If your leather has dried out too much by now, you can go back over it with a single spritz. Take your veiner tool, and set it in the leaf stem cut, tilted toward the center, and give it a single light tap for each. If you've done it right, your veiner impression will be stronger towards the leaf stem and lighter towards the edge of the leaf. The purpose of this is to keep your veiner from marking outside the boundary of the leaf and onto the background.
Now you can take your smooth oval tool and use the fatter end to make indentions around your flower petals and give them a more 3d look. You will want to hold the tool closer to the business end and give it a single medium force tap.
For the flower centers, take your seeder tool and give it a single light tap for each impression. The business end on these is small so not much force is required for a good imprint.
Finally, and this step is optional, you can take a flat textured backgrounder tool and go around the outer edge as pictured. I like the look of it and I feel it helps frame the whole piece better. It's important to hold this tool at a slight angle so the imprint is lighter away from the cut.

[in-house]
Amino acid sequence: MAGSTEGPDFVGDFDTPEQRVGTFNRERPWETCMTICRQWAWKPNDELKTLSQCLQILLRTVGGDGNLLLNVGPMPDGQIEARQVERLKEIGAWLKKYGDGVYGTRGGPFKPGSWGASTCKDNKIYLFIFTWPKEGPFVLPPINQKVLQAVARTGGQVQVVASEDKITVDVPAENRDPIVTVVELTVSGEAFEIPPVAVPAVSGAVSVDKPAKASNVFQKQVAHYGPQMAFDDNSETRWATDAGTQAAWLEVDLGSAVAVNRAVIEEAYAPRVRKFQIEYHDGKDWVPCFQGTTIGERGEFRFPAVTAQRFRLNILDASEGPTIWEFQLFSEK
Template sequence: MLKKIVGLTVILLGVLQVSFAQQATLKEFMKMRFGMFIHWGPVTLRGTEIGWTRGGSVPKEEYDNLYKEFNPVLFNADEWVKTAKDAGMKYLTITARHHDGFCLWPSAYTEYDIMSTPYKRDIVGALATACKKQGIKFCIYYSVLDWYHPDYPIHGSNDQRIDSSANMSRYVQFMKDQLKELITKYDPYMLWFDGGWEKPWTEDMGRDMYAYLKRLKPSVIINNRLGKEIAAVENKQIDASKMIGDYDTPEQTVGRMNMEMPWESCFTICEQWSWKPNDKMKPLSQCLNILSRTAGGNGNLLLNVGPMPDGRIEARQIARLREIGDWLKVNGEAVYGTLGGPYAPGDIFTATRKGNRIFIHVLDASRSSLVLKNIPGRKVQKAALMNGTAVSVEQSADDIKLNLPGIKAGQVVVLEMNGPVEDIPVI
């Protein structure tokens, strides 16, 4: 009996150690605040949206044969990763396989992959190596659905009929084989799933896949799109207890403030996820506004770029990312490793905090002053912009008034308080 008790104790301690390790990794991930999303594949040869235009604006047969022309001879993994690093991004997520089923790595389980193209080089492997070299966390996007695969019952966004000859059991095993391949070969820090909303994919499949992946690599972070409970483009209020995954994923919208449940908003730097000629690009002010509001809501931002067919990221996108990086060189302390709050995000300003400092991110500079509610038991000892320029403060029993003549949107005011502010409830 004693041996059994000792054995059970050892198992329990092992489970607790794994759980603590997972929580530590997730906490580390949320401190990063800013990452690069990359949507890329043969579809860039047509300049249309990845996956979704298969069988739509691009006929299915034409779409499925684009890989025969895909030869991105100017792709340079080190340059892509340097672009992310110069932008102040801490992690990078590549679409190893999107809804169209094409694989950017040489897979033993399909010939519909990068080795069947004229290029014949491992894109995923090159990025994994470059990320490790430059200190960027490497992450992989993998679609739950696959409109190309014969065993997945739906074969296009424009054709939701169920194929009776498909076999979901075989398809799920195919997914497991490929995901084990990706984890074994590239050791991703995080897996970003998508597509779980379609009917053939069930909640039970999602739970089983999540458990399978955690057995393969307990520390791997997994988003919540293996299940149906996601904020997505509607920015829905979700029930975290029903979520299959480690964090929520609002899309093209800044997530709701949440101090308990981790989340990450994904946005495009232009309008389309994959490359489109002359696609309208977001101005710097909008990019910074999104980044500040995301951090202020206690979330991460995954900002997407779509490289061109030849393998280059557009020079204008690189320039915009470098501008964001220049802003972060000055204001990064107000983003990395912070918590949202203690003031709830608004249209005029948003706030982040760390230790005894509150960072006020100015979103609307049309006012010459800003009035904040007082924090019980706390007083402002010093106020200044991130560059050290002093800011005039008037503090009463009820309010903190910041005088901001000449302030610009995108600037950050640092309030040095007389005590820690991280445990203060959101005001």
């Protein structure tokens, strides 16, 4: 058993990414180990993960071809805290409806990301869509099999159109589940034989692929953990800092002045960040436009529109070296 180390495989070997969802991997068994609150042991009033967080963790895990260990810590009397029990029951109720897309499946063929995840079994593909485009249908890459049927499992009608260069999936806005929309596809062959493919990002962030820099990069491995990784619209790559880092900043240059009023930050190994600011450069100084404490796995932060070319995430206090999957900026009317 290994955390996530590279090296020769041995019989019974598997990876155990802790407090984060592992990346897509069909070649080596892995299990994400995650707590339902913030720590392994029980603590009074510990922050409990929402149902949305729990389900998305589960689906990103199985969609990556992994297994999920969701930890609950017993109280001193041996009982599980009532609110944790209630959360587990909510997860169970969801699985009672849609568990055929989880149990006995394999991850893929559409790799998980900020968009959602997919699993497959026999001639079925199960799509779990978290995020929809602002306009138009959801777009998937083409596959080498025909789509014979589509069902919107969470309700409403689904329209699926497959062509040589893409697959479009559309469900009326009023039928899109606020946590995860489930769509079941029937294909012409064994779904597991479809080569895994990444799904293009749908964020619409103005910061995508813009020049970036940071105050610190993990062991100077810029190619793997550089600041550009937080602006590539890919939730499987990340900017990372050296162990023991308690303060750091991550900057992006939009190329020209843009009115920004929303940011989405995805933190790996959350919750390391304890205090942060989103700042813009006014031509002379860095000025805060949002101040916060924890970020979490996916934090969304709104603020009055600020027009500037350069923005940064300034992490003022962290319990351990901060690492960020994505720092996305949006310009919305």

I stuck the last pic in to show how you can space your holes using the rotary punch. It didn't seem to merit its own step, so there it is.
Let your leather dry completely before moving on to the next step. This may take several hours.
Step 3: Dyeing to Be Finished
The colors you choose to use for this step are really personal preference, as is the type of brush you use. I prefer an angled short chisel tip brush as it gives me the most control over where the dyes go.
It's important to not over-dye these parts as they can get very dark and lose a lot of definition.
You may notice when applying your dye that when it reaches the swivel knife cuts, it will flow into them. This is a good thing, and I recommend filling in all those cuts with the appropriate color dye for the area you're working on. It's okay if the dye bleeds outside your tooled area (you'll see why later).
Go around the borders of your tooled areas as in the second picture, then fill in the rest. This makes the edge a bit darker than the rest and adds a dapple effect.
Optional: Use your metallic paint pens to highlight portions of your tooling to make it pop! I used copper on the leaf stems, gold in the centers of the flowers, and edged the flower petals with a bit of silver. It's important not to apply too much as it can get on other parts of your design, and there's no removing it.
Now, go find something to do for at least an hour while the dye sets and dries.